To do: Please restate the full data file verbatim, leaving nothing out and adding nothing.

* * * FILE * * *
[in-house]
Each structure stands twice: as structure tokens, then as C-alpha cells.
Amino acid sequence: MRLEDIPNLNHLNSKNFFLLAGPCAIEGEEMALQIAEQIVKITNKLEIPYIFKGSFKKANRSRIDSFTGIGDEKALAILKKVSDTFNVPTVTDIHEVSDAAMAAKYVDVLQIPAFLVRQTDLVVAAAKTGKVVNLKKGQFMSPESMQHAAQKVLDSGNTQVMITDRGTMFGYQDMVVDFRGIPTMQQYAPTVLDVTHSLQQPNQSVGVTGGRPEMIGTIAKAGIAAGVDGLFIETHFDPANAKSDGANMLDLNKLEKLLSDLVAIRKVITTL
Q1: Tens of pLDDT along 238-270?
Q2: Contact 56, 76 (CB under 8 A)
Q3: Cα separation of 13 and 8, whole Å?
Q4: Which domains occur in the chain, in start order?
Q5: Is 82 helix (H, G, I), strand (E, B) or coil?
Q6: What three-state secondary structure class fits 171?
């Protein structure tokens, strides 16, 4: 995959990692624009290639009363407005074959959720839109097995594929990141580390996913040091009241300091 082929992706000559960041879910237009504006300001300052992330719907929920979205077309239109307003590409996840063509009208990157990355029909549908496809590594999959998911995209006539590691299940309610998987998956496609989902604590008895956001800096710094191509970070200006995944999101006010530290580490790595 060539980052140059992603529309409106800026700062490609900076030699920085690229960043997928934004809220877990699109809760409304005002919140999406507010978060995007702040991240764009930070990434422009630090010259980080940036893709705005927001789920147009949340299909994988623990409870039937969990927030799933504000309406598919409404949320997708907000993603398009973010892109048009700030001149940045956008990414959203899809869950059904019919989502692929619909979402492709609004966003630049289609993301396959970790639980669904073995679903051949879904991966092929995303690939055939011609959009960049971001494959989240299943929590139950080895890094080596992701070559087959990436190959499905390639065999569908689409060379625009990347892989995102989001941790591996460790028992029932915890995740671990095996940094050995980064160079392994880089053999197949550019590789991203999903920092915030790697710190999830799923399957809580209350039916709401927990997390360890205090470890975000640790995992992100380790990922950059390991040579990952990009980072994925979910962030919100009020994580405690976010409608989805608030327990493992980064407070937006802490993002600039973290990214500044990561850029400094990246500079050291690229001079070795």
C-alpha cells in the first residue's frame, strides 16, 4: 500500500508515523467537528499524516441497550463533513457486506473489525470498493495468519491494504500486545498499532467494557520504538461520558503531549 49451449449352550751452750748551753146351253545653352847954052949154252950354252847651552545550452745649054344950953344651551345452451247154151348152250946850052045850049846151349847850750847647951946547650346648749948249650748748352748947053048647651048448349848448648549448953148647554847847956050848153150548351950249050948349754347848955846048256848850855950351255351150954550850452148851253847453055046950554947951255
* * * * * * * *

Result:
[in-house]
Each structure stands twice: as structure tokens, then as C-alpha cells.
Amino acid sequence: MRLEDIPNLNHLNSKNFFLLAGPCAIEGEEMALQIAEQIVKITNKLEIPYIFKGSFKKANRSRIDSFTGIGDEKALAILKKVSDTFNVPTVTDIHEVSDAAMAAKYVDVLQIPAFLVRQTDLVVAAAKTGKVVNLKKGQFMSPESMQHAAQKVLDSGNTQVMITDRGTMFGYQDMVVDFRGIPTMQQYAPTVLDVTHSLQQPNQSVGVTGGRPEMIGTIAKAGIAAGVDGLFIETHFDPANAKSDGANMLDLNKLEKLLSDLVAIRKVITTL
Q1: Tens of pLDDT along 238-270?
Q2: Contact 56, 76 (CB under 8 A)
Q3: Cα separation of 13 and 8, whole Å?
Q4: Which domains occur in the chain, in start order?
Q5: Is 82 helix (H, G, I), strand (E, B) or coil?
Q6: What three-state secondary structure class fits 171?
């Protein structure tokens, strides 16, 4: 995959990692624009290639009363407005074959959720839109097995594929990141580390996913040091009241300091 082929992706000559960041879910237009504006300001300052992330719907929920979205077309239109307003590409996840063509009208990157990355029909549908496809590594999959998911995209006539590691299940309610998987998956496609989902604590008895956001800096710094191509970070200006995944999101006010530290580490790595 060539980052140059992603529309409106800026700062490609900076030699920085690229960043997928934004809220877990699109809760409304005002919140999406507010978060995007702040991240764009930070990434422009630090010259980080940036893709705005927001789920147009949340299909994988623990409870039937969990927030799933504000309406598919409404949320997708907000993603398009973010892109048009700030001149940045956008990414959203899809869950059904019919989502692929619909979402492709609004966003630049289609993301396959970790639980669904073995679903051949879904991966092929995303690939055939011609959009960049971001494959989240299943929590139950080895890094080596992701070559087959990436190959499905390639065999569908689409060379625009990347892989995102989001941790591996460790028992029932915890995740671990095996940094050995980064160079392994880089053999197949550019590789991203999903920092915030790697710190999830799923399957809580209350039916709401927990997390360890205090470890975000640790995992992100380790990922950059390991040579990952990009980072994925979910962030919100009020994580405690976010409608989805608030327990493992980064407070937006802490993002600039973290990214500044990561850029400094990246500079050291690229001079070795």
C-alpha cells in the first residue's frame, strides 16, 4: 500500500508515523467537528499524516441497550463533513457486506473489525470498493495468519491494504500486545498499532467494557520504538461520558503531549 49451449449352550751452750748551753146351253545653352847954052949154252950354252847651552545550452745649054344950953344651551345452451247154151348152250946850052045850049846151349847850750847647951946547650346648749948249650748748352748947053048647651048448349848448648549448953148647554847847956050848153150548351950249050948349754347848955846048256848850855950351255351150954550850452148851253847453055046950554947951255